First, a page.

Crude Oil ExxonMobil strikes huge oil reserves in offshore Nigeria

The company said in a statement on its website on Thursday that the Owowo field had "a potential recoverable resource of between 500 million and one billion barrels of oil."

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Nigeria depends on oil sales for 70 percent of its government revenue play The company said in a statement on its website on Thursday that the Owowo field had "a potential recoverable resource of between 500 million and one billion barrels of oil." (AFP/File)
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US oil and gas group ExxonMobil says it has discovered up to one billion barrels of oil in an offshore field in Nigeria, signalling a boost to the country's crude reserves.

The company said in a statement on its website on Thursday that the Owowo field had "a potential recoverable resource of between 500 million and one billion barrels of oil."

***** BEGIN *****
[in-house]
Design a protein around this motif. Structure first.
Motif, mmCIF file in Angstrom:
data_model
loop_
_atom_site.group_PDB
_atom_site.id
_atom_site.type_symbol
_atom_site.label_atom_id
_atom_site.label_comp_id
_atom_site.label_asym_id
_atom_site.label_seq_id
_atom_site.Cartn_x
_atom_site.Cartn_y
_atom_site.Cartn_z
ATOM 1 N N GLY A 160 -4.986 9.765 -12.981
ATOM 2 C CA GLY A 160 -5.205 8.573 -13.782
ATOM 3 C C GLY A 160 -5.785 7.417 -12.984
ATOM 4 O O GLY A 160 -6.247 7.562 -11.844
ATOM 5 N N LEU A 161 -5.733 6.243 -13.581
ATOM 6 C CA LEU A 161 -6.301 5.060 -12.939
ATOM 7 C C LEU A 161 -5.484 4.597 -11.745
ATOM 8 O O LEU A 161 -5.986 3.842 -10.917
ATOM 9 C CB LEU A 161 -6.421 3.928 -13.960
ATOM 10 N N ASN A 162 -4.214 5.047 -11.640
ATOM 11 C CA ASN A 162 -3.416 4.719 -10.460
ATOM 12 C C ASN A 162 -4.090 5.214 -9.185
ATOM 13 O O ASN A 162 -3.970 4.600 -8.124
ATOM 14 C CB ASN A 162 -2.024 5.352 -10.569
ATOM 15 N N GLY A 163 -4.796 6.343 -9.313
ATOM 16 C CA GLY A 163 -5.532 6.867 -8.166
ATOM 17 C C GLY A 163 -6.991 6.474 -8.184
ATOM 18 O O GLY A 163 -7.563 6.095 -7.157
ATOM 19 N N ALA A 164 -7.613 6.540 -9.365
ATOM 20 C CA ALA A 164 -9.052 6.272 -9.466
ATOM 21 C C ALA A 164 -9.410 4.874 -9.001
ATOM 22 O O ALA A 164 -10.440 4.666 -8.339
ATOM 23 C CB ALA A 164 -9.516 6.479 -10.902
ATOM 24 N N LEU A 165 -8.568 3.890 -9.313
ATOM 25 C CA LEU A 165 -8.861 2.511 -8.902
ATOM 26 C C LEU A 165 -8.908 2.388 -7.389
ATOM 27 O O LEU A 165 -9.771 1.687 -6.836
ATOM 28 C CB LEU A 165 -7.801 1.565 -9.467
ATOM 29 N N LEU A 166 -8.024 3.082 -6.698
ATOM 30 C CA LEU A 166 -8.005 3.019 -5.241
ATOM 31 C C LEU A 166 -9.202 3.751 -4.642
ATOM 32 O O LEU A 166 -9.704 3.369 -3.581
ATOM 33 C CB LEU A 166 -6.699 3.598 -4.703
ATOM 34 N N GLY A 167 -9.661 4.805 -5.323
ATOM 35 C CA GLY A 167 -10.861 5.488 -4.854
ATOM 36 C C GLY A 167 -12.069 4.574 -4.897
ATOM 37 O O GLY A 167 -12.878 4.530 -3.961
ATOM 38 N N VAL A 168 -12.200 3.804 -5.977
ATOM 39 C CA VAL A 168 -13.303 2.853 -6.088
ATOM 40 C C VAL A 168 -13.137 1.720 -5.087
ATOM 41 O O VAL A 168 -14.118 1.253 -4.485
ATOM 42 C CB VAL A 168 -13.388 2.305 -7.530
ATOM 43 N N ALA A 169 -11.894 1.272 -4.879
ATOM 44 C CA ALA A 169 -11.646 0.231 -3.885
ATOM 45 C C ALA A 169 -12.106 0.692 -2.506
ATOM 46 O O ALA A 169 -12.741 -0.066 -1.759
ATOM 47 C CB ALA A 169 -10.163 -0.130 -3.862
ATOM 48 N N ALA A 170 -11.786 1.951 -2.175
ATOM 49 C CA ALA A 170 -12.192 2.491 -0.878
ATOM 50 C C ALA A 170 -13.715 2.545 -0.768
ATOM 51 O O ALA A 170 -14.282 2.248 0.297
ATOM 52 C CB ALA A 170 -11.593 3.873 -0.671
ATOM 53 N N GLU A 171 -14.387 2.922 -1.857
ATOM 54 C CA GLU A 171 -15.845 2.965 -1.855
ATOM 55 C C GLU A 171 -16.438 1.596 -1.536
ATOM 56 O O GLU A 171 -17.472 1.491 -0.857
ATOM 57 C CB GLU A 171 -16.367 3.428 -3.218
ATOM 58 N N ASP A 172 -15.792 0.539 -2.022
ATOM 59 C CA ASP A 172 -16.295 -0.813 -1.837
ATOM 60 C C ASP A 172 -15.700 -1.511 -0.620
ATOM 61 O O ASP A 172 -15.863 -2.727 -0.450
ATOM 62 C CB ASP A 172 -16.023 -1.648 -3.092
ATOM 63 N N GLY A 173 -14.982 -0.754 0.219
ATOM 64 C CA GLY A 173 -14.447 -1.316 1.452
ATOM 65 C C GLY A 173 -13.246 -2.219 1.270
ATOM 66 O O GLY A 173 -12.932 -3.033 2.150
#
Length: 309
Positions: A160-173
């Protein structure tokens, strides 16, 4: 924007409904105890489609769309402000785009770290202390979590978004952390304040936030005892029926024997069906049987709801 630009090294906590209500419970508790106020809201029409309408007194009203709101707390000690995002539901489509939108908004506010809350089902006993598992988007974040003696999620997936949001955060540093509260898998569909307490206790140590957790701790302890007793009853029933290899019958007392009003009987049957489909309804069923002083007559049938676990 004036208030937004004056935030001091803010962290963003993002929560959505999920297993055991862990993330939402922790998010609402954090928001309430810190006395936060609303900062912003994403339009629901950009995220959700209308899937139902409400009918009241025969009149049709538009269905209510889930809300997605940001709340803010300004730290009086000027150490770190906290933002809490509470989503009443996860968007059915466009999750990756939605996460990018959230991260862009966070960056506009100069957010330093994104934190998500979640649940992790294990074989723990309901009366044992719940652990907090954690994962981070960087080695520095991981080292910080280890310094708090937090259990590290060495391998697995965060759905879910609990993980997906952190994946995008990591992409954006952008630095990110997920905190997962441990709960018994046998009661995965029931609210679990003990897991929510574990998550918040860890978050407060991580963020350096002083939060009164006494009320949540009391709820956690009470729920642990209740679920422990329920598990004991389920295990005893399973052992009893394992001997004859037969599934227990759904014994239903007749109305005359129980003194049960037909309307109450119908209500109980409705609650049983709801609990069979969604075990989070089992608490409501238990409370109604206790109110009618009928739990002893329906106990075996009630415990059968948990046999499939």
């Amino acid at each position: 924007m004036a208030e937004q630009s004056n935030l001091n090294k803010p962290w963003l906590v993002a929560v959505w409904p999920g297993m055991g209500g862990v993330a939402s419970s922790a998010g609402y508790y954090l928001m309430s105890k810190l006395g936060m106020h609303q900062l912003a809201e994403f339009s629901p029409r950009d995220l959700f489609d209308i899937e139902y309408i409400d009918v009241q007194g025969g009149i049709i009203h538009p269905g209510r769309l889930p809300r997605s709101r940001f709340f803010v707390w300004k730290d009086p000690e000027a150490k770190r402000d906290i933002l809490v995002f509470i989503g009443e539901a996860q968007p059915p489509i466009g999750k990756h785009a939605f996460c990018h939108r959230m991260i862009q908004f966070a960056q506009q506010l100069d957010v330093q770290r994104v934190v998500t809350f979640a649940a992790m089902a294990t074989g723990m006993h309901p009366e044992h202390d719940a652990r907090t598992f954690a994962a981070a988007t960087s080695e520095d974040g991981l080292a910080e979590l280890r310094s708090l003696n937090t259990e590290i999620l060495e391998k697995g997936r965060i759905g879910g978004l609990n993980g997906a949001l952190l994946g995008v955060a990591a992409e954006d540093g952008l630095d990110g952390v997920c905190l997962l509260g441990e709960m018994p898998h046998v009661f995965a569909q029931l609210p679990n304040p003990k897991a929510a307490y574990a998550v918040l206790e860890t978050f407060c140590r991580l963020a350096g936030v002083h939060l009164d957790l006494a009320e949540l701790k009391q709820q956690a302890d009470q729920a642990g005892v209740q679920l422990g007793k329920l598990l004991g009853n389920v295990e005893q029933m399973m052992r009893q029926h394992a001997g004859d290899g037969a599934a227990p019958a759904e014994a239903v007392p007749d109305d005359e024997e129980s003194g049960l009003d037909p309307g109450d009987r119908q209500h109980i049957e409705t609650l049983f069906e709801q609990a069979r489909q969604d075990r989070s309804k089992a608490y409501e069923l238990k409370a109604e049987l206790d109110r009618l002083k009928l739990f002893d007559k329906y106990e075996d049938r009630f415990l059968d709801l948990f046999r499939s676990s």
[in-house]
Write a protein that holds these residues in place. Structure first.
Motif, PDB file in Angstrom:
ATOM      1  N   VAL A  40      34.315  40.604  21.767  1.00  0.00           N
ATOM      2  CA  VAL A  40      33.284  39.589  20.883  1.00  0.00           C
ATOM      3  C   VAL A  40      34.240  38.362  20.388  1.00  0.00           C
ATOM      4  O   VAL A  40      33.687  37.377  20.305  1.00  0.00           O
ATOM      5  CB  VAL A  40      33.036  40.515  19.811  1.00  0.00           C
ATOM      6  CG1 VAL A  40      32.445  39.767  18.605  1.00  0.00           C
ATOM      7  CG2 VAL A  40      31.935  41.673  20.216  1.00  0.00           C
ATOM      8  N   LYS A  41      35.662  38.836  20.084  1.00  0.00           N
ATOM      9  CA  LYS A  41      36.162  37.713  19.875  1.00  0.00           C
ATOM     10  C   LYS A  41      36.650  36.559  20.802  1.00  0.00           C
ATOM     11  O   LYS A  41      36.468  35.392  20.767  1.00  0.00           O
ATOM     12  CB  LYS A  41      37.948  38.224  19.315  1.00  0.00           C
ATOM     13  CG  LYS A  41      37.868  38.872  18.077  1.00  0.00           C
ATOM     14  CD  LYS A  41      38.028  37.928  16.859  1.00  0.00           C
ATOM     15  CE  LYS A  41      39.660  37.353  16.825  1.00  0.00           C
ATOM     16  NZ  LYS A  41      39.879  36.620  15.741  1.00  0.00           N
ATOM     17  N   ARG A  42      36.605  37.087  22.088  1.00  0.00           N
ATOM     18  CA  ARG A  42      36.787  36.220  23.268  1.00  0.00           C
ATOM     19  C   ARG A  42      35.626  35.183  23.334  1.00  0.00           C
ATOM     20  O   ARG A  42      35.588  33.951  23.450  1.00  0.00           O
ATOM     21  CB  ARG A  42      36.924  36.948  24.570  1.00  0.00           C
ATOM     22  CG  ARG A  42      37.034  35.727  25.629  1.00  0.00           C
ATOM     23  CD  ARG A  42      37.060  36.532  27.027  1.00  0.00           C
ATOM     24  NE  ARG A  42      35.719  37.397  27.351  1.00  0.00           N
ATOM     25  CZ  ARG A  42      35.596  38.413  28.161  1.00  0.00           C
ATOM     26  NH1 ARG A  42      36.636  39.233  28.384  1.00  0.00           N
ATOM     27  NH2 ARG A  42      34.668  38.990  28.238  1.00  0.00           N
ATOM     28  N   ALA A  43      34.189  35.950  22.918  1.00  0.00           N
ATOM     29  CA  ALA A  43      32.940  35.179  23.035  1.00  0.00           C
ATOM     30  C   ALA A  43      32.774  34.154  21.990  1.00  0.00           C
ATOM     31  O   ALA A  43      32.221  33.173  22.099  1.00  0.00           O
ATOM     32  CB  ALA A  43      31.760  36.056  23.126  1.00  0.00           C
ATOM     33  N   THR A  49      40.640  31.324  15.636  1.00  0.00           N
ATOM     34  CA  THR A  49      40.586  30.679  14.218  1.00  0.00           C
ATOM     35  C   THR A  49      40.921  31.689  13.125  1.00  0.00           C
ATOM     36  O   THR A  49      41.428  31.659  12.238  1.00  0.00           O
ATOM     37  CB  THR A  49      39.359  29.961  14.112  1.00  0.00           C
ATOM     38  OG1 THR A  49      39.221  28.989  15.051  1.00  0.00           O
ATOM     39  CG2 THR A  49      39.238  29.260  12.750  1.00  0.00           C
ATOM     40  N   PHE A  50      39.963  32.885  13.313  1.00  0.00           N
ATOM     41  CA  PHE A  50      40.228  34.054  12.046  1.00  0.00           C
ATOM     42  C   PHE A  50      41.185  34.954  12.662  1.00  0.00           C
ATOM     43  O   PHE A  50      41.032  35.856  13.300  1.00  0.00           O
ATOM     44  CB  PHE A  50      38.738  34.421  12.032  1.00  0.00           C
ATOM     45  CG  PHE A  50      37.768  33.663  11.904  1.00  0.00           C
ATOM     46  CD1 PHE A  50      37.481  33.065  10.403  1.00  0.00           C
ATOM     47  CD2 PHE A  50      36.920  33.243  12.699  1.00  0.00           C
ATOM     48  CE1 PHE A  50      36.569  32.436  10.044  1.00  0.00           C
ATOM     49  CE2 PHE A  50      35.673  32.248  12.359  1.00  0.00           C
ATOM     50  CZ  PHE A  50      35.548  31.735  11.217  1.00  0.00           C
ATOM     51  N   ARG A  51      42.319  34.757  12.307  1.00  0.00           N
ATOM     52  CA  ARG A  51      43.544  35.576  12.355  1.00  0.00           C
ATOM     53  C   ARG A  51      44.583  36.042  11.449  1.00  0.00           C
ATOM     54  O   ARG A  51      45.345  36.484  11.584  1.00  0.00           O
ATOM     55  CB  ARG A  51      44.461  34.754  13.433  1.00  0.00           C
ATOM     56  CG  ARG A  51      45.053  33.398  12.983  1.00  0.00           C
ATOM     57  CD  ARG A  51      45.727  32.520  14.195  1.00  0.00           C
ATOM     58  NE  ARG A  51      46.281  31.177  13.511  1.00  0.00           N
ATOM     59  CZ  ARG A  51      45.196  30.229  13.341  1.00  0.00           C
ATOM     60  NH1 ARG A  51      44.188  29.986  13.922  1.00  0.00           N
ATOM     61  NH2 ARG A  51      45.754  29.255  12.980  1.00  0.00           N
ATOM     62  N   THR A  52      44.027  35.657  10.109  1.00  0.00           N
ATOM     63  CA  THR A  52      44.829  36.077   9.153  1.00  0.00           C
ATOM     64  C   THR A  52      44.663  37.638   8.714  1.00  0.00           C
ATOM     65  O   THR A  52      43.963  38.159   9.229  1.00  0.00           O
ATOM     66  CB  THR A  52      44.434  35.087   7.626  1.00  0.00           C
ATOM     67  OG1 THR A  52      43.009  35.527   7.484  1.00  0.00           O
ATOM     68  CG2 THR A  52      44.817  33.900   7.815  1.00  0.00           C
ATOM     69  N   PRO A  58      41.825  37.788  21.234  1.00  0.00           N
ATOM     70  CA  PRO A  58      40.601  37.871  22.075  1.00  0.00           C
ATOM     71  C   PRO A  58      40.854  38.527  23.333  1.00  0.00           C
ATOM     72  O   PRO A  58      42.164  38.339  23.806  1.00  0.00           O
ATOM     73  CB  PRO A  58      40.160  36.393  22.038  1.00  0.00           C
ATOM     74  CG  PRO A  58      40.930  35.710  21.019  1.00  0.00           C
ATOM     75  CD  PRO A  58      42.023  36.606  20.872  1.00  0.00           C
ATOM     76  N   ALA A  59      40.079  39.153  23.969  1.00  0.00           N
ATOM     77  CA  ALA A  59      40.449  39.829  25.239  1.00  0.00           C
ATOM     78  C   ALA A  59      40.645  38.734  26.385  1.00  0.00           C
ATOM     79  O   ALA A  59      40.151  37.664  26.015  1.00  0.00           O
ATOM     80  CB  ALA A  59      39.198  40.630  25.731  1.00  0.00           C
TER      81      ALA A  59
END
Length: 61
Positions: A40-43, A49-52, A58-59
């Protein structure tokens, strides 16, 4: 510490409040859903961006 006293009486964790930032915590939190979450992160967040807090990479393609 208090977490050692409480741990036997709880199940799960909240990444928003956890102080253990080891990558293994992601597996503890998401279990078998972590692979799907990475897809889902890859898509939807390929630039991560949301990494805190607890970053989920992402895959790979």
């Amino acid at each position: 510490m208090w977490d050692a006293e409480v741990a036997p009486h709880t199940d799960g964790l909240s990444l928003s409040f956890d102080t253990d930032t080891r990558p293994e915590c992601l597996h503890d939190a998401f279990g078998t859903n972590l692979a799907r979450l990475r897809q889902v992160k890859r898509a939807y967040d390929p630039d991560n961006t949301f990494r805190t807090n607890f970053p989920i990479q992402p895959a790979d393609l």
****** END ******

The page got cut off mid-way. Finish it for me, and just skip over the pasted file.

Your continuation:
Nigeria depends on oil sales for 70 percent of its government revenue play

Nigeria depends on oil sales for 70 percent of its government revenue

(AFP/File)

Stephen Greenlee, president of ExxonMobil Exploration Company, welcomed the development, saying the company "will work with our partners and the government on future development plans."

The Owowo field, which lies about 62 miles (100 kilometres) southeast of Bonny oil terminal in the Niger Delta, is expected to boost Nigeria's efforts to raise oil reserves from 36 billion barrels to 40 billion barrels in the coming years.

The original target of hitting 40 billion barrels in 2010 could not be met due to a lack of new investment in exploration.

The delay in the passage of a key Petroleum Industry Bill (PIB) eight years after it was sent to parliament has stalled new investments in Nigeria's oil and gas sector as oil majors are wary about the direction of the industry.

Oil majors have also been divesting from the country's downstream operations -- marketing and the retail market.

Last week, ExxonMobil agreed to sell its 60-percent stake in its Nigerian marketing and retail arm to Nipco Investments, a local firm.

The two companies have signed an agreement for the deal, which is subject to regulatory approvals.

Nigeria, which depends on oil sales for 70 percent of its government revenue, is struggling to fight its way out of a recession as a result of the globally low price of crude and renewed unrest in the Niger delta since the start of the year.

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